(CNN) -- New Jersey Republican Gov. Chris Christie is dropping a legal challenge to a court ruling abolishing the state's ban on same-sex marriages.
"Although the Governor strongly disagrees with the Court substituting its judgment for the constitutional process of the elected branches or a vote of the people, the Court has now spoken clearly as to their view of the New Jersey Constitution and, therefore, same-sex marriage is the law," Christie's office said Monday morning in a statement.
"The Governor will do his constitutional duty and ensure his Administration enforces the law as dictated by the New Jersey Supreme Court."
Friday, the New Jersey Supreme Court declined to temporarily block a lower court ruling knocking down the state's same-sex marriage ban. The state's highest court had been scheduled to hear further arguments in January. With that case dropped, same-sex weddings in New Jersey became legal starting at 12:01 a.m. Monday.
Christie has long said he opposes weddings for gay and lesbian couples. In his first reelection debate earlier this month, he called for a state referendum to decide the issue, although the governor said he would accept legalized same-sex marriages were a majority of Garden State voters to approve it.
In the second debate against state Sen. Barbara Buono, the Democratic challenger, Christie said that if his children came out as gay, he would still love them but his views on same-sex marriage would remain unchanged.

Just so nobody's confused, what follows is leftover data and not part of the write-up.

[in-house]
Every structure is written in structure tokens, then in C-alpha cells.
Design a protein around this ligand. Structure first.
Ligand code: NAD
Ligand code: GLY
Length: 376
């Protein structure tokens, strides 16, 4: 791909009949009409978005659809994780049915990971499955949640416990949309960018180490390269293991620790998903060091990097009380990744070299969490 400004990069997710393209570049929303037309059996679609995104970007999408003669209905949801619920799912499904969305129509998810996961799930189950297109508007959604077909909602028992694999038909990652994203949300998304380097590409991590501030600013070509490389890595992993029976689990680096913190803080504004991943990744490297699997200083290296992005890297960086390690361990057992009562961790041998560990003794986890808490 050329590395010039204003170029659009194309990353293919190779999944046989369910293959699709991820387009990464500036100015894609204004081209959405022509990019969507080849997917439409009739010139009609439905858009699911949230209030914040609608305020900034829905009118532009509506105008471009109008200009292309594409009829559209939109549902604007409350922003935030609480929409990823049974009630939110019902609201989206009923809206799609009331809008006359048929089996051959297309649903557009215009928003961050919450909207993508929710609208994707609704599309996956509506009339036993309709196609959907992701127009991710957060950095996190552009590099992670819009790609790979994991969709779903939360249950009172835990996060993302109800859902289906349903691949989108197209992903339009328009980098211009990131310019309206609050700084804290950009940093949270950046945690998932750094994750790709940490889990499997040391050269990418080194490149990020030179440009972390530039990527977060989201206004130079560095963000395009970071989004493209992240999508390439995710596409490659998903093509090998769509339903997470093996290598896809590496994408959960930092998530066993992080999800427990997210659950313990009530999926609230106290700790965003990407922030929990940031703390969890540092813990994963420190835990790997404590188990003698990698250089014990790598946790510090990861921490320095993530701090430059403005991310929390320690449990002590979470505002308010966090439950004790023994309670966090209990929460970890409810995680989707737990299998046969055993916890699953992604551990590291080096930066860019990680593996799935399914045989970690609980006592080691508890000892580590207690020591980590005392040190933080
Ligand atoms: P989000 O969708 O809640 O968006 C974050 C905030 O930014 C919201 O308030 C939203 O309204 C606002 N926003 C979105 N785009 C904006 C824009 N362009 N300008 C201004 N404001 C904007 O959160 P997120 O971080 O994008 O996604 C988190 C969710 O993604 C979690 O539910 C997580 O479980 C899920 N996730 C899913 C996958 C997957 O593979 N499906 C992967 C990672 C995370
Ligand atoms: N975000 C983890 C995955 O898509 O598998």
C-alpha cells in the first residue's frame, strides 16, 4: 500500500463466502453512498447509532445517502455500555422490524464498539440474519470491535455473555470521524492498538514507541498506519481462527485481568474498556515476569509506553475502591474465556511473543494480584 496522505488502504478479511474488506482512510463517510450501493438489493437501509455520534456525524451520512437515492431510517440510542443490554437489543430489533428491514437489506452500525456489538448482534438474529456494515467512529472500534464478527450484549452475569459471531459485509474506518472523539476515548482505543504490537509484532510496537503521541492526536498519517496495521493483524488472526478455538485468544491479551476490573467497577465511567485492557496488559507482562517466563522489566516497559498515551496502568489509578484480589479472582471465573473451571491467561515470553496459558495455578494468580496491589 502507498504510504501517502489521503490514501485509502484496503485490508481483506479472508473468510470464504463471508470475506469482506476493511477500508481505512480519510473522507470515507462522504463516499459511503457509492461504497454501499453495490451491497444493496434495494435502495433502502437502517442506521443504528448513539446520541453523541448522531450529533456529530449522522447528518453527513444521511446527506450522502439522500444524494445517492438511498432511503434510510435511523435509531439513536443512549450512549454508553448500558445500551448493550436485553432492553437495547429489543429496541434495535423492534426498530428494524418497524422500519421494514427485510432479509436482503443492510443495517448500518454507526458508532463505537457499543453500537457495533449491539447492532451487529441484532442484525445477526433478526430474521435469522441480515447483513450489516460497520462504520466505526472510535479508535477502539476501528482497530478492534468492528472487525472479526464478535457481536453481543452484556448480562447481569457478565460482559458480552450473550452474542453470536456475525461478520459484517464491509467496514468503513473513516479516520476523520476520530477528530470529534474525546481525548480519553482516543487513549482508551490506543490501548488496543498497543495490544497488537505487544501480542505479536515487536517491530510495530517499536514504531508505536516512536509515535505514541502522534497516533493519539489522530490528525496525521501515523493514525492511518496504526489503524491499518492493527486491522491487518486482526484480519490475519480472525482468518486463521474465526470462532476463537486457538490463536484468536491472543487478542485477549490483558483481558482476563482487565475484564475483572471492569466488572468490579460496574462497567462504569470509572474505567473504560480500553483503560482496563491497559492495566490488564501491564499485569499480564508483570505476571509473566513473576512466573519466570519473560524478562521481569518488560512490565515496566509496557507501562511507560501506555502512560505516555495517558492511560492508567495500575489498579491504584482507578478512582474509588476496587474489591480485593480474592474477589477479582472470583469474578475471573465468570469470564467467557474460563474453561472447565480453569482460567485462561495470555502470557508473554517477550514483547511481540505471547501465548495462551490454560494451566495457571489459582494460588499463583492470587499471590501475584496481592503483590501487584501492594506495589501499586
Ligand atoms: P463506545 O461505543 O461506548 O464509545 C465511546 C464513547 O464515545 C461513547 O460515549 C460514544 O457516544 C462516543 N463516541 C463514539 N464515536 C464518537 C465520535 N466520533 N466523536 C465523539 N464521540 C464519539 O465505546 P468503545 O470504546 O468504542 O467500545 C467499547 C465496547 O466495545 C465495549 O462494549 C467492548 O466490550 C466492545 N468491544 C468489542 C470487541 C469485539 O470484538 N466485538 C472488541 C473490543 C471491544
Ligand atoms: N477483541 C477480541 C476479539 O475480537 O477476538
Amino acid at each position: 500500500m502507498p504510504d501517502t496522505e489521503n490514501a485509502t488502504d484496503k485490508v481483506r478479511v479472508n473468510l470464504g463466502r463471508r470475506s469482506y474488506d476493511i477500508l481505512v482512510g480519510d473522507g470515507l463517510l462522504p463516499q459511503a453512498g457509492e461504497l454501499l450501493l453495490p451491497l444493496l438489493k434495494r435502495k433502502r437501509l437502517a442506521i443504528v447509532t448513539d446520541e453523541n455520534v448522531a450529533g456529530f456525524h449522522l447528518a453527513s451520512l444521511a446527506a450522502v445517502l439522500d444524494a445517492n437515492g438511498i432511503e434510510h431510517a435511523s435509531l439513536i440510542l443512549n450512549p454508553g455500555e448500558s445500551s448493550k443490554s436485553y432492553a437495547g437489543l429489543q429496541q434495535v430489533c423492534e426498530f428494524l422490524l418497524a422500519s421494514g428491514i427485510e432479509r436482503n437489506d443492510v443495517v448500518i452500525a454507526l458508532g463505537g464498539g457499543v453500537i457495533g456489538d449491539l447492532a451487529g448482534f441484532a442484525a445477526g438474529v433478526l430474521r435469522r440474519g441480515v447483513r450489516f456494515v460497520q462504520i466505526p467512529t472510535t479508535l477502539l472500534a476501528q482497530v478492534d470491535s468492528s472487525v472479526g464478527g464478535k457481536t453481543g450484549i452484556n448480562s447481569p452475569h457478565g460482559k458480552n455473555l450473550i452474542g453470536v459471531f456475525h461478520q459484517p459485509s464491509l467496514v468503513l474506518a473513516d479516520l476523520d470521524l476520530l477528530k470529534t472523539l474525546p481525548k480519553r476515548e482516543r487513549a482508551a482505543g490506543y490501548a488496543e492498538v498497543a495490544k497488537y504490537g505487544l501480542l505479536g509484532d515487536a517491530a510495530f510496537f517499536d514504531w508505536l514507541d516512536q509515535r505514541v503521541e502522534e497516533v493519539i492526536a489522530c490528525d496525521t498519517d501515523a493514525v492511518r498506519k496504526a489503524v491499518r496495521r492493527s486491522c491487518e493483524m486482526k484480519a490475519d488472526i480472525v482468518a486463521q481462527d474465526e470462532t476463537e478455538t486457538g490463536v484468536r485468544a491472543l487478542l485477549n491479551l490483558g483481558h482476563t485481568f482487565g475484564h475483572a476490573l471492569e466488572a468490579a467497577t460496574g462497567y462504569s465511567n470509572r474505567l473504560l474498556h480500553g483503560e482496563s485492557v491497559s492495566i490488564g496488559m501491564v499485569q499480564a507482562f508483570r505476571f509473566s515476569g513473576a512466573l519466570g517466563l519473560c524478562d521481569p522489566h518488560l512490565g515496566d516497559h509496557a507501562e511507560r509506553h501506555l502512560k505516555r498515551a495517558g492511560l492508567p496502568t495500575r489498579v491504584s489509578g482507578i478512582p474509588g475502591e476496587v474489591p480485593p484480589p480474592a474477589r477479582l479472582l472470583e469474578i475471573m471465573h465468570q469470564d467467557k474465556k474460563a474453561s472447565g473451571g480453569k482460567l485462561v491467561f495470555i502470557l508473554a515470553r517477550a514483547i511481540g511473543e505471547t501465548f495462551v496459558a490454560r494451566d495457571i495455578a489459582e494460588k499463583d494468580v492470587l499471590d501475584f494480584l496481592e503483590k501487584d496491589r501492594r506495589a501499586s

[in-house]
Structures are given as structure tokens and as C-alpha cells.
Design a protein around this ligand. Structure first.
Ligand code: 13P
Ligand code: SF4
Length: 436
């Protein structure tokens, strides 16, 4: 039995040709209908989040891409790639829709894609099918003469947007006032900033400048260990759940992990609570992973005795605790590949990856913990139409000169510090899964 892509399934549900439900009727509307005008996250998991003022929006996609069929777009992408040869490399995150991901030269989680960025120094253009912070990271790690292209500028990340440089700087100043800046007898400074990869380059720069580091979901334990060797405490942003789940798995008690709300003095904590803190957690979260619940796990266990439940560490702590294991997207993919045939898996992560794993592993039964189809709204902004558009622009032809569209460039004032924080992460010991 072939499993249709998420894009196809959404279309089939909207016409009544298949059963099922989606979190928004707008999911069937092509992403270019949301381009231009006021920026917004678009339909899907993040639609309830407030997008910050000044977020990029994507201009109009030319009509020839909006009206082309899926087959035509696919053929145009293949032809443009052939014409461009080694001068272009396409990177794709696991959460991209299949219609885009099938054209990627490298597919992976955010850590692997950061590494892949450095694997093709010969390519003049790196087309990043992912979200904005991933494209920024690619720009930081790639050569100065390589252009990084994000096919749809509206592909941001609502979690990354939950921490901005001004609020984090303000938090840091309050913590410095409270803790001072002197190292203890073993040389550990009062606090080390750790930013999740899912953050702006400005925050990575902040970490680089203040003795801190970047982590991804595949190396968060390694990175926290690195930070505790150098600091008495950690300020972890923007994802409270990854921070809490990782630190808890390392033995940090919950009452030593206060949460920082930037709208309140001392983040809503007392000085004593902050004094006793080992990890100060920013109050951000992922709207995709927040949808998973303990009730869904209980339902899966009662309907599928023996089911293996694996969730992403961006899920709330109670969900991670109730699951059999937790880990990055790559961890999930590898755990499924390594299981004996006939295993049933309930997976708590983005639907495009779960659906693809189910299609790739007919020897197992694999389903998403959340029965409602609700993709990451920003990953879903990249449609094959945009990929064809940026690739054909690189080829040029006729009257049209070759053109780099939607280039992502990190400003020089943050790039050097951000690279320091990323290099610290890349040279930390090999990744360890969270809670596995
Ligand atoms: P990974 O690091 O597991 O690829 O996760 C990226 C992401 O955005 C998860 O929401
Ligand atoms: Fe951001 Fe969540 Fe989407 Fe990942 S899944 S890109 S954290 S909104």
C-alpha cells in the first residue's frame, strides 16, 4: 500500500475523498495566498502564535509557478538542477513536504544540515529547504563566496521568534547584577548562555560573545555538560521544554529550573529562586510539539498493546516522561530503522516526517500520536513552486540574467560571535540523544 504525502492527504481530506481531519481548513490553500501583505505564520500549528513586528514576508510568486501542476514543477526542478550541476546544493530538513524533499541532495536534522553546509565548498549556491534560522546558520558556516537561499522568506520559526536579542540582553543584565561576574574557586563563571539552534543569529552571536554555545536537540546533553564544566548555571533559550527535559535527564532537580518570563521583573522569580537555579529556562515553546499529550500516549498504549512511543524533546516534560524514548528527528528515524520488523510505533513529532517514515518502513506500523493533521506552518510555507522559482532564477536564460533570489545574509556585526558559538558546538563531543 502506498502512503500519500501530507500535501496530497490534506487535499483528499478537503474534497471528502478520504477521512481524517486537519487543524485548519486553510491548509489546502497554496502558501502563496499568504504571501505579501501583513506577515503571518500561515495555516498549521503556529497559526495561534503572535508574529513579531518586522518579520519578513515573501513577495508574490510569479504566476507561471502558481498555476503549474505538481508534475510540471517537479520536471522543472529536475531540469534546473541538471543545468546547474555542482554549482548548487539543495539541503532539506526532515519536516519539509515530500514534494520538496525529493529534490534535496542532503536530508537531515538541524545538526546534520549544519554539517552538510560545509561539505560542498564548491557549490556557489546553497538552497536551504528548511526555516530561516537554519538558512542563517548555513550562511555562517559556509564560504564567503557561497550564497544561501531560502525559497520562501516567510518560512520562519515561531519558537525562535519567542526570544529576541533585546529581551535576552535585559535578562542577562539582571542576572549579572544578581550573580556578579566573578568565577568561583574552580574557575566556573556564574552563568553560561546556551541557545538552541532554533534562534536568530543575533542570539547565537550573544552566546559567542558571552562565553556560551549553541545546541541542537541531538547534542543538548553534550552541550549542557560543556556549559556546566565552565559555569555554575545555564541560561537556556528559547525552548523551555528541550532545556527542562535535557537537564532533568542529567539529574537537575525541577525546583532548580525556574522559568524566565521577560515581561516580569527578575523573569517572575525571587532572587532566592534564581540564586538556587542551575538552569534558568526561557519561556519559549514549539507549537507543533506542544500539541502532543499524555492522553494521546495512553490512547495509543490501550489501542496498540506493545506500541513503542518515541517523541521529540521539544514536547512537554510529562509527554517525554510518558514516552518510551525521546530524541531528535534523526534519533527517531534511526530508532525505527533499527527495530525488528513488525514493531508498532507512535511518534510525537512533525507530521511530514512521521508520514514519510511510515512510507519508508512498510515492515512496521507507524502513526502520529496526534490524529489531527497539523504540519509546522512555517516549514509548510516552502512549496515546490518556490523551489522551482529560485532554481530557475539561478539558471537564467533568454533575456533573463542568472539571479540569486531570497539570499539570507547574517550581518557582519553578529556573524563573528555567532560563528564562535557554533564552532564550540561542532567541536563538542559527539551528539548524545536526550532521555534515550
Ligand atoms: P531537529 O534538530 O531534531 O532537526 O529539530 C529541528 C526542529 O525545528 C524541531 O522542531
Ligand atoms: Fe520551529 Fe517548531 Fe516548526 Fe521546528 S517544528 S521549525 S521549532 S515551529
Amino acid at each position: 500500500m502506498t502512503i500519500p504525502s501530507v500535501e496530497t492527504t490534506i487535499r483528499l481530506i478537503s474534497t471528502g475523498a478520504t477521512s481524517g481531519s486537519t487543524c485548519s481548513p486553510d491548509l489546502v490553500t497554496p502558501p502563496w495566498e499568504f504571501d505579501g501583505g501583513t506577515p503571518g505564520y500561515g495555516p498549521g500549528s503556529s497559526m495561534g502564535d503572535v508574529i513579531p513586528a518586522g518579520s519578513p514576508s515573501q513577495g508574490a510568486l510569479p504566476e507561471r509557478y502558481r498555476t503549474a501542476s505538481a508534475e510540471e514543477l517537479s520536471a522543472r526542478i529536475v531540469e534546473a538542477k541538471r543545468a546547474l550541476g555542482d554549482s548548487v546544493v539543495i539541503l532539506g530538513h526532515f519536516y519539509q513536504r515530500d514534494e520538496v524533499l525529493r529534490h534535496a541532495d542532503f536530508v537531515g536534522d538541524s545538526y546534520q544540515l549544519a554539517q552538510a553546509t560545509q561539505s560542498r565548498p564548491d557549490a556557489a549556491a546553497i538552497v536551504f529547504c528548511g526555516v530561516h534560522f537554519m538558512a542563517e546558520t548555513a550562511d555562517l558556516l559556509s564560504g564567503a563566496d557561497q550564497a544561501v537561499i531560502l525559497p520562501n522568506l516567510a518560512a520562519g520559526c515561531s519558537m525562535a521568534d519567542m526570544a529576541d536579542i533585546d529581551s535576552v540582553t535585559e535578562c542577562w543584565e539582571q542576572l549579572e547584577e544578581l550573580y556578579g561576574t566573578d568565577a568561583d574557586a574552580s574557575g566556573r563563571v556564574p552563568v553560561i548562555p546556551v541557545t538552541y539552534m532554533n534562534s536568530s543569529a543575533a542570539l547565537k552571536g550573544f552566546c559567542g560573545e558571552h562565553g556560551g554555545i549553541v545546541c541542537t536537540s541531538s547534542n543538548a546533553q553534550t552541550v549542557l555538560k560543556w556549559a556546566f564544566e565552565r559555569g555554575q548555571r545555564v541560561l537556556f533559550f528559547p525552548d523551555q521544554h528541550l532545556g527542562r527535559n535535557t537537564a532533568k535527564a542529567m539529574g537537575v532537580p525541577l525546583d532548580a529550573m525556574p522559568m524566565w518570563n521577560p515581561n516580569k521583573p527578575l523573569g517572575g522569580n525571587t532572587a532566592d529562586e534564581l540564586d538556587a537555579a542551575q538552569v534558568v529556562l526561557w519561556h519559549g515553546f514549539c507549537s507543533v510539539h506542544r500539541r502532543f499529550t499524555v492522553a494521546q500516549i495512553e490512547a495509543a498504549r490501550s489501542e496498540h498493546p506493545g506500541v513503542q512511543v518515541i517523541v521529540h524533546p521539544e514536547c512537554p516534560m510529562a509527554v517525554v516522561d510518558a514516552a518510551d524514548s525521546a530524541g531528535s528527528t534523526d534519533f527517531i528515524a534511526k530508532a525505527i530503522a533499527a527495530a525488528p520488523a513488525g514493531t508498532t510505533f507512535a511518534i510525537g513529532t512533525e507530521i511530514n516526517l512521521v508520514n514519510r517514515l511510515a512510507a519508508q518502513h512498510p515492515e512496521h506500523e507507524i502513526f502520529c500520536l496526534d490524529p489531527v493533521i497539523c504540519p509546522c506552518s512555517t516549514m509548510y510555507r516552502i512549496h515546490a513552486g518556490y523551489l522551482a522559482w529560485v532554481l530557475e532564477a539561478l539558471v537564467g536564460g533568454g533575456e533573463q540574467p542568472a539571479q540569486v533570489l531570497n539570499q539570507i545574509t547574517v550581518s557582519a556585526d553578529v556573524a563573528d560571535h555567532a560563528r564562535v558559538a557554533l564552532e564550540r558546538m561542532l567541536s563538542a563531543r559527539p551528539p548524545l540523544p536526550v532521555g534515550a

In a Quinnipiac poll earlier this month, New Jerseyans said they preferred Christie drop the challenge by a nearly two-to-one margin. A slight plurality of Republican voters said Christie should continue to pursue the challenge, 49% to 42%.
Christie's decision to drop the legal challenge comes two weeks before he will face Buono at the ballots. Favored to win reelection by double digit margins in public opinion polls, Christie has worked hard to present himself as a political moderate in a blue-state race widely considered to be a test-run for a possible 2016 presidential bid.
Gay and lesbian couples in New Jersey started getting married 12:01 a.m. Monday, the moment the lower court's ruling went into effect.
The decision was based in large part on the summer's U.S. Supreme Court ruling striking down a key part of the federal Defense of Marriage Act that prohibited discrimination against same-sex couples. In her decision, the New Jersey judge argued that the state's continuing allowance only of civil unions for gay and lesbian couples was discriminatory.
Among those granting the early-morning marriages was Democratic Senator-elect Cory Booker, the Newark, New Jersey mayor who overwhelmingly won his bid last week to fill out the remainder of the term of the late Democratic Sen. Frank Lautenberg, who died in June.
New Jersey's Assembly Speaker, Democrat Sheila Oliver, who had urged Christie to drop his fight, praised the governor's decision in a statement Monday.
"This will long be remembered as a great day for equality in New Jersey," Oliver said.